Now, borrowing a neutral means current is now making a big loop - "out" (really, it's AC) this circuit's "hot" wire and returning via another circuit's "neutral" wire. That will throw EMF on both circuits, causing all sorts of mischief - eddy current heating, wire vibration leading to noise and metal fatigue leading to cracking and spot heating, etc. Nope.

Because of this, all practical wiring is done on a physical "tree" topology -- a branch may "split", but it may never "loop back" onto itself or another branch (except in one particular way, and even then, only in the UK where this is officially sanctioned).


Now, it can be hard to see when you're not practiced in a field. But this is most likely an easy problem. Wire breaks inside walls are rare. Wire problems are almost always at terminations of the cable run... And by definition, this must occur at either the last working outlet or the first failed outlet in the sequence.

As Nate discusses in his answer, backstab connections are the usual culprit. You're best changing it to a screw connection, but current Code advises using an $80 torque screwdriver, because "too loose" is more of a problem than "too tight".

If it's at the service panel, the neutral may go to a neutral bar, or a GFCI or AFCI breaker. Torque matters here too.

Lastly, if this diagnosis is given you by a 3-light tester, know that some of us call it a "Magic 8-ball" tester. It is made as a pass-fail device for new wiring e.g. During new construction. When troubleshooting old existing work, the legends can be wrong to the point of whimsical. The lights are useful; they save you the trouble of making 3 measurements with a neon tester.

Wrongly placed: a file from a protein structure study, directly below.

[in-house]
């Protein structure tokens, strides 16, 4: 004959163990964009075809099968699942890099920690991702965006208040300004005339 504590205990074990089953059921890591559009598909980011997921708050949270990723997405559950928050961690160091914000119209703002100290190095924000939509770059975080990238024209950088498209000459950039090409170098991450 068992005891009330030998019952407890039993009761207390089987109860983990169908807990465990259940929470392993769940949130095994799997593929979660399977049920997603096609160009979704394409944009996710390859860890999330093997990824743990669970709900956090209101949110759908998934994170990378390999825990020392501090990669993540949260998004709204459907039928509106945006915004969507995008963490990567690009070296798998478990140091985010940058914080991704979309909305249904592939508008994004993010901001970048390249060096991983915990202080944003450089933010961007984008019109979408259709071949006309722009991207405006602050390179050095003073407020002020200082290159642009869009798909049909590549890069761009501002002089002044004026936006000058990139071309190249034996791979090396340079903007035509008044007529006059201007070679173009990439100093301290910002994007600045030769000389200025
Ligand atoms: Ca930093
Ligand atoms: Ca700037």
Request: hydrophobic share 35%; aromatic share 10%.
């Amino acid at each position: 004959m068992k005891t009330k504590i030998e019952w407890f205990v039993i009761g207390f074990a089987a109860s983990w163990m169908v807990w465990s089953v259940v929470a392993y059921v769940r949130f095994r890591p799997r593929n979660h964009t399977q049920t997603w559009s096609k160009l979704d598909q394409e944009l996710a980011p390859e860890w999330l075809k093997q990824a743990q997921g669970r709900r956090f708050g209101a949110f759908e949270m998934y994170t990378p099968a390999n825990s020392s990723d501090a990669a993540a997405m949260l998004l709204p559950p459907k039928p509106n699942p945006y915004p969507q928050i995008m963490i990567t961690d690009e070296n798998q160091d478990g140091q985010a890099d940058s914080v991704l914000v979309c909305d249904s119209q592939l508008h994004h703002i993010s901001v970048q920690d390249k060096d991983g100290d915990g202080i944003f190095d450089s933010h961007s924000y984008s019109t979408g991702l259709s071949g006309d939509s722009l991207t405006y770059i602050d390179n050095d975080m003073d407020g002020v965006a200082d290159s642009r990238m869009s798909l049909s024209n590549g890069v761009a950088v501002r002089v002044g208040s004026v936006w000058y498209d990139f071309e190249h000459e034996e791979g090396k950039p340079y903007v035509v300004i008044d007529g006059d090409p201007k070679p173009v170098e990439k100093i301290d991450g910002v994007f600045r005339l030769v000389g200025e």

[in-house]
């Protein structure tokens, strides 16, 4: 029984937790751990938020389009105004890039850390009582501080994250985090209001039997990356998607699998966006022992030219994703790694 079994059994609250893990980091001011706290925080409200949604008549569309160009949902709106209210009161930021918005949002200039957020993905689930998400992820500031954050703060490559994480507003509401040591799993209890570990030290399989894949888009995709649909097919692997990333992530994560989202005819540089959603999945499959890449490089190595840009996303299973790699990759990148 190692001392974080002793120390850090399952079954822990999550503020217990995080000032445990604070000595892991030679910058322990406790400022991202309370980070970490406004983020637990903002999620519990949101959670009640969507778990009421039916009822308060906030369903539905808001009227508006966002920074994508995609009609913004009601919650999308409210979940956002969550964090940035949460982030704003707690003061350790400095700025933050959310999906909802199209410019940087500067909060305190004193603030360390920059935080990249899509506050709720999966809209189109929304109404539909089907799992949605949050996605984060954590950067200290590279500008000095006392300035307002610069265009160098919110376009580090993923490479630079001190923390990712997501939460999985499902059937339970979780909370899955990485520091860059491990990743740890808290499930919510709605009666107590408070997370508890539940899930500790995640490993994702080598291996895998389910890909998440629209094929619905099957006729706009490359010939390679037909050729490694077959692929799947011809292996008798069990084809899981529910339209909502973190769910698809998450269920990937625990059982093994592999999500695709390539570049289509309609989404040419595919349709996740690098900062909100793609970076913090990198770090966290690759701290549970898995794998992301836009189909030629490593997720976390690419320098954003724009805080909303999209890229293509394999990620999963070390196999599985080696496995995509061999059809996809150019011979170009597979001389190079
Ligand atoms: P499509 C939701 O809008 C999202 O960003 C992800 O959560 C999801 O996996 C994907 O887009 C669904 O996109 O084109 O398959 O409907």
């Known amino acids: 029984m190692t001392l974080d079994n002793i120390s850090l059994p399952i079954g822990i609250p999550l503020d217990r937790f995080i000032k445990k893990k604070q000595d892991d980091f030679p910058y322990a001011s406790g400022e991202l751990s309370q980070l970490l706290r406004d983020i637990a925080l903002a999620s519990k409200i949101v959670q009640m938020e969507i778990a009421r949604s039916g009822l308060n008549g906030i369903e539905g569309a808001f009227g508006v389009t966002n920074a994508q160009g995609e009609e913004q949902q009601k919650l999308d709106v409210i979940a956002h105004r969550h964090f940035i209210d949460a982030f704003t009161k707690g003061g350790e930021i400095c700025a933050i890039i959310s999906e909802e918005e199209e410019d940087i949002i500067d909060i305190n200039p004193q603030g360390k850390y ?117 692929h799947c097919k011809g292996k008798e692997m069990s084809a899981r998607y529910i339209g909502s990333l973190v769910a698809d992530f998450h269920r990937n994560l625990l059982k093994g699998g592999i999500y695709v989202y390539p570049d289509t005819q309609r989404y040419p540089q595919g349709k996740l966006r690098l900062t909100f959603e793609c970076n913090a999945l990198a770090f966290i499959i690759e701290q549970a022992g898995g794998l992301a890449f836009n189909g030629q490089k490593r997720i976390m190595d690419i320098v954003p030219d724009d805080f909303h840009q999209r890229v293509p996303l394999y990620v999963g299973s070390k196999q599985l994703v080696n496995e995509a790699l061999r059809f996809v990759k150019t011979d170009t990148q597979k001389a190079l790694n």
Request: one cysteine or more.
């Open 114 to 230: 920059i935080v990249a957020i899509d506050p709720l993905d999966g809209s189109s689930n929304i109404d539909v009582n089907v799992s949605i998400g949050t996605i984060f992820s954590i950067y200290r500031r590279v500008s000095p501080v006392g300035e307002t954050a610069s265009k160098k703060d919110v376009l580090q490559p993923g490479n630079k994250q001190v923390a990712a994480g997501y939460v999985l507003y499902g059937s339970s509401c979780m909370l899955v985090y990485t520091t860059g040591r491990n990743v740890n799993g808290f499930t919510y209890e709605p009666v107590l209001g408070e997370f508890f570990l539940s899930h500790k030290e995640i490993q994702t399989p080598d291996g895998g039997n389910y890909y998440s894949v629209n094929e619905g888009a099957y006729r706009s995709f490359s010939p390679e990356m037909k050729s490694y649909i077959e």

• Excellent answer as always. The only small quibble is that the cost of torque screwdrivers has come down significantly recently, and decent ones can now be had for ~$45. Though for regular outlets with Cu wire, I feel like "as tight as you can get it" with a regular screwdriver is fine -- it's probably a bit more torque than spec but the screw head will usually strip out long before the wire gets damaged. – Nate Strickland Apr 3 at 23:37
  • Another point I didn't see mentioned is if you bridge your neutral to another circuit derived from another phase of the mains in a multi-phase installation, the outlets will get a lot more than 120v! – Drunken Code Monkey Apr 4 at 2:57
  • @DrunkenCodeMonkey Oh, so true. I have an old factory with two 120/240 transformers and main panels right next to each other. I noticed the two had been initially setup to grab different 480 phases, but were moved to the same phase. As I got into the 120 wiring, I discovered the neutrals were crisscrossed in several places. Some circuits even grabbed any convenient neutral, even out of the wrong panel. SMH... – Harper Apr 4 at 3:58
  • Good answer. "Neutrals don't have fuses" is however not necessarily true. This depends on your local code. In general, just wanted to point out that the person asking (or other readers) might be from different countries with different regulations. – istepaniuk Apr 4 at 10:43
  • @istepaniuk I would be keenly interested in hearing about any country that fuses neutrals as a contemporary practice. Other than the Phillippines... There are good reasons to not fuse neutral. – Harper Apr 4 at 14:57

Your Answer

By clicking “Post Your Answer”, you agree to our terms of service, privacy policy and cookie policy

Not the answer you're looking for? Browse other questions tagged or ask your own question.